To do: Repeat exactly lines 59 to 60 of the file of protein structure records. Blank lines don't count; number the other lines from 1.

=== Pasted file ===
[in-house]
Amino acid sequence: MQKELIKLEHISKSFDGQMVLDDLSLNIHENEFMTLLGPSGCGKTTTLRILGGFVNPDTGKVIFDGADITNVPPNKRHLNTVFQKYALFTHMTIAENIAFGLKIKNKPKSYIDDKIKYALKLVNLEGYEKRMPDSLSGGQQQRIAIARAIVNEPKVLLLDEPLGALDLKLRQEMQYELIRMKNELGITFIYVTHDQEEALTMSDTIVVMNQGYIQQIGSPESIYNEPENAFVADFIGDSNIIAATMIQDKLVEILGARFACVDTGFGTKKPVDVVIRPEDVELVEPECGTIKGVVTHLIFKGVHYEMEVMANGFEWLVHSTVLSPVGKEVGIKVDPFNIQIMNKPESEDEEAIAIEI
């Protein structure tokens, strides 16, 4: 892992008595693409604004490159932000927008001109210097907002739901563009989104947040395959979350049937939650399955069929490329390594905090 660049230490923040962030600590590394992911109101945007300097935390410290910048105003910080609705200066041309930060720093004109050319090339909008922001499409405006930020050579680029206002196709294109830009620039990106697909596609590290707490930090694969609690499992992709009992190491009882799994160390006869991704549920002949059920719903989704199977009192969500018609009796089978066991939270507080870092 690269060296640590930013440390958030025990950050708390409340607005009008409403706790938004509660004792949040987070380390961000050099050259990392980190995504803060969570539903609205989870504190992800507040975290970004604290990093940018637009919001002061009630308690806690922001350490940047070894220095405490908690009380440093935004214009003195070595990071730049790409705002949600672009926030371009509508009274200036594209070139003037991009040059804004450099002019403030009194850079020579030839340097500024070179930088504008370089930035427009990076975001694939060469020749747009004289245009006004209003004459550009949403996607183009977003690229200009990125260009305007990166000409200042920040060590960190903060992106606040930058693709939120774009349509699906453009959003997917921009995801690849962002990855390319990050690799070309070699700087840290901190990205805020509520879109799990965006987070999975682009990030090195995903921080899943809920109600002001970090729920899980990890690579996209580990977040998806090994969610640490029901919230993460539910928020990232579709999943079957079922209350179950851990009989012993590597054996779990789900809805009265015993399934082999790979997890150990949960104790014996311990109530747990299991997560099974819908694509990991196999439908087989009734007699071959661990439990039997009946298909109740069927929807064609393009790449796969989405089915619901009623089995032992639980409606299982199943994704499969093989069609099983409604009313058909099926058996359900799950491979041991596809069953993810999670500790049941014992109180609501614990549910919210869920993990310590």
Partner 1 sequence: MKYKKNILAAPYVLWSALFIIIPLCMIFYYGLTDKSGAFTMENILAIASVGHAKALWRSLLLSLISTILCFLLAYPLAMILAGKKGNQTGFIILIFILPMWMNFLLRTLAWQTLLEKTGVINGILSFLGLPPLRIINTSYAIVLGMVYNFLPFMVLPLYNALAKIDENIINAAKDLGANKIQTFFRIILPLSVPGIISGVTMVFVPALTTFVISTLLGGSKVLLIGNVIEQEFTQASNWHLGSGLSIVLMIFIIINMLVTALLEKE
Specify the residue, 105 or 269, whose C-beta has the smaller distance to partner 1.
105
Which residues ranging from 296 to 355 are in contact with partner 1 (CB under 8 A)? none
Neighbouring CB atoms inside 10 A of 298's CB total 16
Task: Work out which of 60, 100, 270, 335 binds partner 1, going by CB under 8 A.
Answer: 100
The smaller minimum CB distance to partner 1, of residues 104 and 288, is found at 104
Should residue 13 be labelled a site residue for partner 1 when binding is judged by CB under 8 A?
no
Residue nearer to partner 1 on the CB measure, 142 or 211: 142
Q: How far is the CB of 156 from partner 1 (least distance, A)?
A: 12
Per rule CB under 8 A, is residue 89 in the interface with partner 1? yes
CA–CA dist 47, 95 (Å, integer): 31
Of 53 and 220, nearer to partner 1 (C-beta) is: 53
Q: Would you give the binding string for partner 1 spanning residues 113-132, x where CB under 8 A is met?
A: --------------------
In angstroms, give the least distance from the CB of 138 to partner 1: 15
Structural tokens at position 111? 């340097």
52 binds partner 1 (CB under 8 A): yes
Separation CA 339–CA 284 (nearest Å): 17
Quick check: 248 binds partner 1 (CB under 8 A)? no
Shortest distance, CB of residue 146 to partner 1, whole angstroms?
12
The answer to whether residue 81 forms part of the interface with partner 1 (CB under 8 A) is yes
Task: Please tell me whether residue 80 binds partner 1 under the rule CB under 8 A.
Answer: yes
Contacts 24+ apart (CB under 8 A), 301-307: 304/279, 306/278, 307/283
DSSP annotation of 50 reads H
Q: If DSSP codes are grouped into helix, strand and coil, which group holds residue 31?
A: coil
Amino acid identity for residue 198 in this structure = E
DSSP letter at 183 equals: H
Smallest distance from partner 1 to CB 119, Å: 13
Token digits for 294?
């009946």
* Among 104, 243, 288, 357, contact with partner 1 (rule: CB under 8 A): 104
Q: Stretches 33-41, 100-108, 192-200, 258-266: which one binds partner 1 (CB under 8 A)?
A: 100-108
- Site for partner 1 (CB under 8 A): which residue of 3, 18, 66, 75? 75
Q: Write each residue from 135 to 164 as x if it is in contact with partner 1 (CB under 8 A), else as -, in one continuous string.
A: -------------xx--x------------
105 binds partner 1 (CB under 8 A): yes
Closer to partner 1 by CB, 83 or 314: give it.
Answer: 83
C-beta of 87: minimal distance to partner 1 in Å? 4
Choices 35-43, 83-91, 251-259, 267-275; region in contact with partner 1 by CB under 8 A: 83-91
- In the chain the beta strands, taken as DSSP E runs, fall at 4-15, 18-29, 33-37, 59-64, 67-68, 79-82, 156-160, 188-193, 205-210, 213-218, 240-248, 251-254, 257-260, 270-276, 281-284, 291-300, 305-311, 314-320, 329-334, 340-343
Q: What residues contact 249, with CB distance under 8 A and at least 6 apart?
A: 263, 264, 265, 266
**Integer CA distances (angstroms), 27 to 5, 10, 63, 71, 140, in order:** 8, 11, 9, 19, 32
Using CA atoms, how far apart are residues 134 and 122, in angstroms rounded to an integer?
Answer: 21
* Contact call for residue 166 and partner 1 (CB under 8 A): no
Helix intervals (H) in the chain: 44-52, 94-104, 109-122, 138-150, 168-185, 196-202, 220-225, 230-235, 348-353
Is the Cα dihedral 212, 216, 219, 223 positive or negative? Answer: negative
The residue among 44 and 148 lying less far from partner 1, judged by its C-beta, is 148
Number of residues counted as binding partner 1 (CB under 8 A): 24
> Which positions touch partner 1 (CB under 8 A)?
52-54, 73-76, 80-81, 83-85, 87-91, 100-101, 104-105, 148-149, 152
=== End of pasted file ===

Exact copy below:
Helix intervals (H) in the chain: 44-52, 94-104, 109-122, 138-150, 168-185, 196-202, 220-225, 230-235, 348-353
Is the Cα dihedral 212, 216, 219, 223 positive or negative? Answer: negative